## Wednesday, 27 May 2015

Talking of cubes as I was in my last post, even when people are thinking about the same thing, they are probably thinking in different ways. A famous English mathematician called Hardy once visited a very clever Indian mathematician called Ramanujan in hospital.

He probably wanted to know if Ramanujan had discovered a curious set of numbers called Carmichael numbers, so Hardy said casually that he had travelled there in a taxi with a boring number, 1729.

Ramanujan sat up in bed. "Oh no, Hardy, on the contrary, that is a very interesting number. It is the first number which is the sum of two cubes in two different ways!"

When Hardy thought it through, he realised that 1729 was the sum of 9 cubed and 10 cubed (729 + 1000), or of 12 cubed and 1 cubed (1728 + 1). When I came across this story, I noticed something much less interesting: 1729 is the product of three prime numbers which are in mathematical progression (7 x 13 x 19) -- I guess I am just a bit boring where numbers go.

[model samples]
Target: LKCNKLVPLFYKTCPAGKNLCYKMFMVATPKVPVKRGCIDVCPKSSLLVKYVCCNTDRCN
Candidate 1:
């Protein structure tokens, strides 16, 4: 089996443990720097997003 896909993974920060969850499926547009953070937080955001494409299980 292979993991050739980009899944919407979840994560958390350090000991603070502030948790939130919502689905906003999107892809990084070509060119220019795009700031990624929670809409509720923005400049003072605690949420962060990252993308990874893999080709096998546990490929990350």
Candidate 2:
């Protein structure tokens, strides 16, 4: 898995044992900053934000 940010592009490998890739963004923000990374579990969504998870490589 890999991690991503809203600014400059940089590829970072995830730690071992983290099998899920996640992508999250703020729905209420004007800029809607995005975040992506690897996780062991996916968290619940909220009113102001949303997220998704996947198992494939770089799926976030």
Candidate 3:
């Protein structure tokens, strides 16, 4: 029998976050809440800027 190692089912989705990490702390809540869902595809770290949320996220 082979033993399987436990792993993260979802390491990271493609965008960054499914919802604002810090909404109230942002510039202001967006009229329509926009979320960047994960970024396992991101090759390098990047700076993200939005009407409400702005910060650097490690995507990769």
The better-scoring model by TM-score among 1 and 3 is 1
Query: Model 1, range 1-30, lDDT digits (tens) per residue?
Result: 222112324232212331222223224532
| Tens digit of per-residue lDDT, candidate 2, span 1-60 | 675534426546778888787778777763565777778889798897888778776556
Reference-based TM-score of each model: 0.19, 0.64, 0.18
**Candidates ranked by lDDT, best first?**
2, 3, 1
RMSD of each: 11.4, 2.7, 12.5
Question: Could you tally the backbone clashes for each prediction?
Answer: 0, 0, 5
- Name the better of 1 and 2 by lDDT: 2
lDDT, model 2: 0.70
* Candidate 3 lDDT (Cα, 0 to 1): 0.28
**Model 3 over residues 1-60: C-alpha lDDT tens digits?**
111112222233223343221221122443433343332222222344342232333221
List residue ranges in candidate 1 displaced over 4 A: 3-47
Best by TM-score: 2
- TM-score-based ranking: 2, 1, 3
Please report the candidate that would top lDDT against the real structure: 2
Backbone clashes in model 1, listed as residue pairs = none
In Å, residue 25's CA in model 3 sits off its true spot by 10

One day, I had an idea for a problem: using just the numbers 1, 7, 2 and 9, in that order, and using any mathematical notation, I set out to see how many different numbers I could get.  I began with trial and error, a good old-fashioned method that has always served humanity well.  Bang the rocks together, notice what makes useful flakes, and bang them again, that sort of thing.

That got me a few answers, like 1 = 1^729, or 1 = 1 + 7 + 2 - 9 or 6 = 1 + (7x2) -9 but then I began running out of new numbers.  Then I switched to the sort of clever trick that is used when pharmacists take drugs that work, and fiddle with them, changing the bits systematically.

You can find some hints by poking around in this area. DO look around, or you will miss some important stuff.

Then we could turn to the problem that I will describe in my next post, and look at the tabulation method that I use there. . .